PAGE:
Welcome back!  By the way, I took my own advice, stopped writing, and explored the site a bit further.  As you noticed, new mathematical secrets are revealed each day throughout April.  Each day can be explored as deeply as you wish to go, so it is entirely possible to spend/squander many hours on these puzzles and activities.  (Trust me, I KNOW!)

Mathematics Awareness Month is a project of the Joint Policy Board for Mathematics (JPBM). Its goal is to increase public understanding of and appreciation for mathematics.  The four societies involved in JPBM are the

Be the first person to recommend this.

Last week, the ASA Board of Directors adopted an “ASA Statement on Value-Added Models for Educational Assessment.”  What the statement says, and why the ASA makes such statements, are the topics of today’s ASA at 175 blog.

As noted in the ASA’s press release on the statement, use of value-added models (VAMs) has become more prevalent, perhaps because these models are viewed as more objective or authoritative than other types of information. VAMs attempt to measure the value a teacher adds to student-achievement growth by analyzing changes in standardized test scores. VAMs are sometimes used in high-stakes decisions such as determining compensation, evaluating and ranking teachers, hiring or dismissing teachers, awarding tenure and closing schools.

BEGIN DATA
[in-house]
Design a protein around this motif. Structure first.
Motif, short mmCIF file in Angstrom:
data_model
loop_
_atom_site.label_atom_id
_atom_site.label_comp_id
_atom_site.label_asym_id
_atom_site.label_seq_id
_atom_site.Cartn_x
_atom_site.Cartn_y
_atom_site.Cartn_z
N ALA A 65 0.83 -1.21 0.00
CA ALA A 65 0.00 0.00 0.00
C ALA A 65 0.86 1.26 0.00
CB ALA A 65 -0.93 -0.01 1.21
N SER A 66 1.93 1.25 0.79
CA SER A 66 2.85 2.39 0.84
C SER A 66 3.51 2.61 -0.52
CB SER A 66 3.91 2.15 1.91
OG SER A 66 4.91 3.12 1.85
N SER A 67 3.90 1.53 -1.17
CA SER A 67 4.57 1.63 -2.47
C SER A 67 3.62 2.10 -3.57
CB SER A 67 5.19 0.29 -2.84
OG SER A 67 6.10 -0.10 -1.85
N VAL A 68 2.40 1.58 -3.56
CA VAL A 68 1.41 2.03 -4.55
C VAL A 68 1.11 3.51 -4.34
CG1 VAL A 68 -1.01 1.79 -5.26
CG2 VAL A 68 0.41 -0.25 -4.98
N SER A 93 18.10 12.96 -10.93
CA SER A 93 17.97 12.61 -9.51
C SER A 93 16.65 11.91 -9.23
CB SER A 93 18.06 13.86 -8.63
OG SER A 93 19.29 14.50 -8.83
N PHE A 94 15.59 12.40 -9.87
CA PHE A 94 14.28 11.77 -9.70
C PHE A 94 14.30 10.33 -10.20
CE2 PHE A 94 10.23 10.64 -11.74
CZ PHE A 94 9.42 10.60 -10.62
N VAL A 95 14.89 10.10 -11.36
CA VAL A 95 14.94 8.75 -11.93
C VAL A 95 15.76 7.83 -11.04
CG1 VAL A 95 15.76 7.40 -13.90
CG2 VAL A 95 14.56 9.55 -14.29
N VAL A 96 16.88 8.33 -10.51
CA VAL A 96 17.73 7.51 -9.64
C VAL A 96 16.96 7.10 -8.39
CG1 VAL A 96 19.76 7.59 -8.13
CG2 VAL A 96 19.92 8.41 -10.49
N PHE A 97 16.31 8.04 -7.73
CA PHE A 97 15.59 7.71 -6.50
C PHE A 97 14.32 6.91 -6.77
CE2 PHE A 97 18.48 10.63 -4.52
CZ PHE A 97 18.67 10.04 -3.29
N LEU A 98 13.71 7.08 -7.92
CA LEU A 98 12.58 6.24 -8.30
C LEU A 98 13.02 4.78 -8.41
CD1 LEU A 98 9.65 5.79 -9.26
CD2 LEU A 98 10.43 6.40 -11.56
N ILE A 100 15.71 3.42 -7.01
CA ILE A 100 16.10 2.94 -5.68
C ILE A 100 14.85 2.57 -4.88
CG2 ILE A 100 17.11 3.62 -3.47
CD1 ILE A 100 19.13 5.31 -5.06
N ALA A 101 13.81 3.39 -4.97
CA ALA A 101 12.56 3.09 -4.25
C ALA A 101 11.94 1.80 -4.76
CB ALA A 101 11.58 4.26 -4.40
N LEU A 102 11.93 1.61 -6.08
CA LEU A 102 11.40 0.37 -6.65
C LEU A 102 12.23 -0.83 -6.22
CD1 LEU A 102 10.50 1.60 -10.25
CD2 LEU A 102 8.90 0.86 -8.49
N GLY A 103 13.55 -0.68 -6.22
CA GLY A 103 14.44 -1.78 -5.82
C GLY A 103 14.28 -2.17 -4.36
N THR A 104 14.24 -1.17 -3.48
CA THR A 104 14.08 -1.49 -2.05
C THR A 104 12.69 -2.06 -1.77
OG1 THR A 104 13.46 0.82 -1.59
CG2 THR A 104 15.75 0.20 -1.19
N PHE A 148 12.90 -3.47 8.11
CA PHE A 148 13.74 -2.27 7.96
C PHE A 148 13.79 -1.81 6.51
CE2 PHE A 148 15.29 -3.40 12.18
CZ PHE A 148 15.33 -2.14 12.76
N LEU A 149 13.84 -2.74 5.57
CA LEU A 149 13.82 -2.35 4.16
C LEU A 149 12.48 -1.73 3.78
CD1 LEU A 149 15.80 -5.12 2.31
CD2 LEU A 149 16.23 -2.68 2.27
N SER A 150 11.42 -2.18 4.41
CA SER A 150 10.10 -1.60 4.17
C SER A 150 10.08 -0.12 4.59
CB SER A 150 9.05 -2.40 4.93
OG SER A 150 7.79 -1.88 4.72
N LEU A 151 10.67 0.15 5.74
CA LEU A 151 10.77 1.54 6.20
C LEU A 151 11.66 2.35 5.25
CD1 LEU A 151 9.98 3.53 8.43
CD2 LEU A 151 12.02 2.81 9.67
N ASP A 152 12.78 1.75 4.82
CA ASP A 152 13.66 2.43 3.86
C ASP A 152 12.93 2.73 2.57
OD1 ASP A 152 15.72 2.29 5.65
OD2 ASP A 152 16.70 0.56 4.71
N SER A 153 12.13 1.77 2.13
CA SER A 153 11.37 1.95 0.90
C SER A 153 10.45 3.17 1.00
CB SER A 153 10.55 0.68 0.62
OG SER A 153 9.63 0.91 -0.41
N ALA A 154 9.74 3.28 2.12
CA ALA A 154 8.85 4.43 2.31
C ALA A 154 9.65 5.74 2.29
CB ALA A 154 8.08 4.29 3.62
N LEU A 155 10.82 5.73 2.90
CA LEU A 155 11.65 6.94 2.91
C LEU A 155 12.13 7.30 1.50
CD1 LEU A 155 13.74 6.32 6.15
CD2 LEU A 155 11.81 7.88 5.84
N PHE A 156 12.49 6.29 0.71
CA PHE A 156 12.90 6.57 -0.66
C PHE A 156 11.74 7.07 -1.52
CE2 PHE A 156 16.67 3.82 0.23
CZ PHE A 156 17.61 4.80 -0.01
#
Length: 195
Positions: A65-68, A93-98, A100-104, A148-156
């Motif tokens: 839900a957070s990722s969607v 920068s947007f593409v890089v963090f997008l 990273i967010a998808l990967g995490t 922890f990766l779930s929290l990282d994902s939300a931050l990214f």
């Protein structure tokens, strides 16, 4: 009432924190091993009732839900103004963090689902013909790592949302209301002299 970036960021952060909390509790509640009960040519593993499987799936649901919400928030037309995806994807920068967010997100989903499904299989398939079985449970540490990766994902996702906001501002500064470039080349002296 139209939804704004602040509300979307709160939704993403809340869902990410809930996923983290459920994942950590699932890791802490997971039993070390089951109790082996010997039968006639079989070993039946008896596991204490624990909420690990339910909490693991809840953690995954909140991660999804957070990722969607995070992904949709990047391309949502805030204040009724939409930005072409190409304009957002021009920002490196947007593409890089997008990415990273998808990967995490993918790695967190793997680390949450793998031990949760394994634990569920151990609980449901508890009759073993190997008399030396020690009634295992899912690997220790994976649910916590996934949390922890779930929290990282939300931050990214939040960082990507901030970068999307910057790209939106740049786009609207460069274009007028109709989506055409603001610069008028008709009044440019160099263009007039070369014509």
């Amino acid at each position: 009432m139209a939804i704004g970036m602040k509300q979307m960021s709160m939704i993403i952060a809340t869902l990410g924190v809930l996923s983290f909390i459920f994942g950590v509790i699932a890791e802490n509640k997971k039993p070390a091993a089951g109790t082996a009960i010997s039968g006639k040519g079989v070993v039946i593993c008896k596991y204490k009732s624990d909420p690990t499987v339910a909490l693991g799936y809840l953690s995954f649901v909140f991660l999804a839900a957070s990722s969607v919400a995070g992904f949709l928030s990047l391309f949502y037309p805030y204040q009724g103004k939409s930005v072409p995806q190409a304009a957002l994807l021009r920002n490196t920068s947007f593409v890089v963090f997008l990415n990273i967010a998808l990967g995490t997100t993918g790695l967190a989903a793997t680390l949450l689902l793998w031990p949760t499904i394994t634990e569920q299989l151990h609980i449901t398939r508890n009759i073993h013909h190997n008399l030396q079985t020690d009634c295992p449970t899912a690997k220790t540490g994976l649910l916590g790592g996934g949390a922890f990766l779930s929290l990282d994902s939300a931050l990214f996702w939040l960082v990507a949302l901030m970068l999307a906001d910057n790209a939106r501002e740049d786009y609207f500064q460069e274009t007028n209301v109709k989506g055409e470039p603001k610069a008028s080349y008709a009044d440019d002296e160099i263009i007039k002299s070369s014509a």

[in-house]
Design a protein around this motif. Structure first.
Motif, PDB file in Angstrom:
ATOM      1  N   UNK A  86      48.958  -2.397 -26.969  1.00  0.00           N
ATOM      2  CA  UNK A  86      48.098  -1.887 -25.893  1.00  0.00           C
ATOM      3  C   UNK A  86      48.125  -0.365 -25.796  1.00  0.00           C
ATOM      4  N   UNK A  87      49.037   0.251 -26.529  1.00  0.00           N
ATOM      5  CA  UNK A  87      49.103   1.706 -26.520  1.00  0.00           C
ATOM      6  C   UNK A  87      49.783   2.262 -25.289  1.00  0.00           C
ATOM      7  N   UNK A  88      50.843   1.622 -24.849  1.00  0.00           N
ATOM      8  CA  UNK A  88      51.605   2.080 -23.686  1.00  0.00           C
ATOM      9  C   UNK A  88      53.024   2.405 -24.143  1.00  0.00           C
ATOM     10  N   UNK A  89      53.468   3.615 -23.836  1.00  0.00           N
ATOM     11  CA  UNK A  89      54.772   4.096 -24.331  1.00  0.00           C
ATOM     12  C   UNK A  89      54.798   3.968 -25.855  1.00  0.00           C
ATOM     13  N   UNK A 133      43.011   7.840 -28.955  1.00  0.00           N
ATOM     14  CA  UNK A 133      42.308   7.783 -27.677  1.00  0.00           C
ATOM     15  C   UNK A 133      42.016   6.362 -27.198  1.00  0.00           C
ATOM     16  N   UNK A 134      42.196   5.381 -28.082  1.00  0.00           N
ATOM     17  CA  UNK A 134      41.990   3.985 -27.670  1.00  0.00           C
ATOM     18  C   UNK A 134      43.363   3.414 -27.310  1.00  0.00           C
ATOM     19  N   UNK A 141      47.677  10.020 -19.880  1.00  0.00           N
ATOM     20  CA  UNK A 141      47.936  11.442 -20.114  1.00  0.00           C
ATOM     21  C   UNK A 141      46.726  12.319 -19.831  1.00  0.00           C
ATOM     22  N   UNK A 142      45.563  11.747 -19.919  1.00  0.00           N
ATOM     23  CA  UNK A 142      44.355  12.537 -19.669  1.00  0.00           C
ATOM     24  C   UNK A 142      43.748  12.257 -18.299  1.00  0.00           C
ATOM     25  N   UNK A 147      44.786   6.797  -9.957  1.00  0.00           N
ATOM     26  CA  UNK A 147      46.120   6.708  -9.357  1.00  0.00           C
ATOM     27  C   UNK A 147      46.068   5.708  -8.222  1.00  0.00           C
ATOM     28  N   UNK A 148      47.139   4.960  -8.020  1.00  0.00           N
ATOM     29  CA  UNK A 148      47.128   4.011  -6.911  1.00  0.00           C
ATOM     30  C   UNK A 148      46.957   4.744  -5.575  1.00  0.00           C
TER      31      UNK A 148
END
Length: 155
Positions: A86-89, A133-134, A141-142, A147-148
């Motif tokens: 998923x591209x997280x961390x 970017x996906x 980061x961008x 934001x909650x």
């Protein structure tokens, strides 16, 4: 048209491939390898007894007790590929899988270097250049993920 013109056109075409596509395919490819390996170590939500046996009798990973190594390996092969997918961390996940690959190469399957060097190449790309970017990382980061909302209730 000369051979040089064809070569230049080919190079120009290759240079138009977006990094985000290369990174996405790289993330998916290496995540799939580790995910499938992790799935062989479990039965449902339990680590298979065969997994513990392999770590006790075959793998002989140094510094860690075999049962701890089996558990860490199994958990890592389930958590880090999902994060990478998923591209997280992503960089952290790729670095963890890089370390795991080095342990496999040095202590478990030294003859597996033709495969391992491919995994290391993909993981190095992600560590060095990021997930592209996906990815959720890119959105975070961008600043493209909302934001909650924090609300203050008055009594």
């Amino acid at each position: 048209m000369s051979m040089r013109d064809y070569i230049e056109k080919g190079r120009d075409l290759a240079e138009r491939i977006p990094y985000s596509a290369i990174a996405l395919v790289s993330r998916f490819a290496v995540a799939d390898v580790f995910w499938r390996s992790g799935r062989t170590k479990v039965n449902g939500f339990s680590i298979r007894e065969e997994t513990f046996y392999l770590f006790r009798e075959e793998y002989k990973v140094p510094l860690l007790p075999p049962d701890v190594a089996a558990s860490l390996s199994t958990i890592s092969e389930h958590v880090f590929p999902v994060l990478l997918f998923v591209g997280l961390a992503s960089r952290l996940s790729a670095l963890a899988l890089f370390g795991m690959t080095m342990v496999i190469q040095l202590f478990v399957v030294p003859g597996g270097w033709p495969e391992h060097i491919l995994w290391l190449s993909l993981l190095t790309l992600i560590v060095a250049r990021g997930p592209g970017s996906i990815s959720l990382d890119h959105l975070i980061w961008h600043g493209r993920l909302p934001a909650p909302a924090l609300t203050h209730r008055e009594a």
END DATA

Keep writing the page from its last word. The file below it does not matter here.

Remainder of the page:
The ASA position statement makes the following recommendations:

1 person recommends this.

Because my blog entry last year, Big Data Sessions at JSM, was so well-received, I'm doing it again for the 2014 JSM. The first list is based on titles that contain Big Data (using Quick Search on the JSM 2014 Preliminary Online Program.) The second list is where Big Data appears in the abstract of a talk or session (using Abstract Keyword Search). There is also a 3rd list of talk abstracts containing Data Science. Let me remind people that this list is not exhaustive. Please let me know of any I missed or add them through the comment section below.

Also, after this blog entry appeared last year, someone pointed out the many more sessions at JSM on Causal Inference. Please point out similar omissions this year!

See other ASA Science Policy blog entries. For ASA science policy updates, follow @ASA_SciPol on Twitter.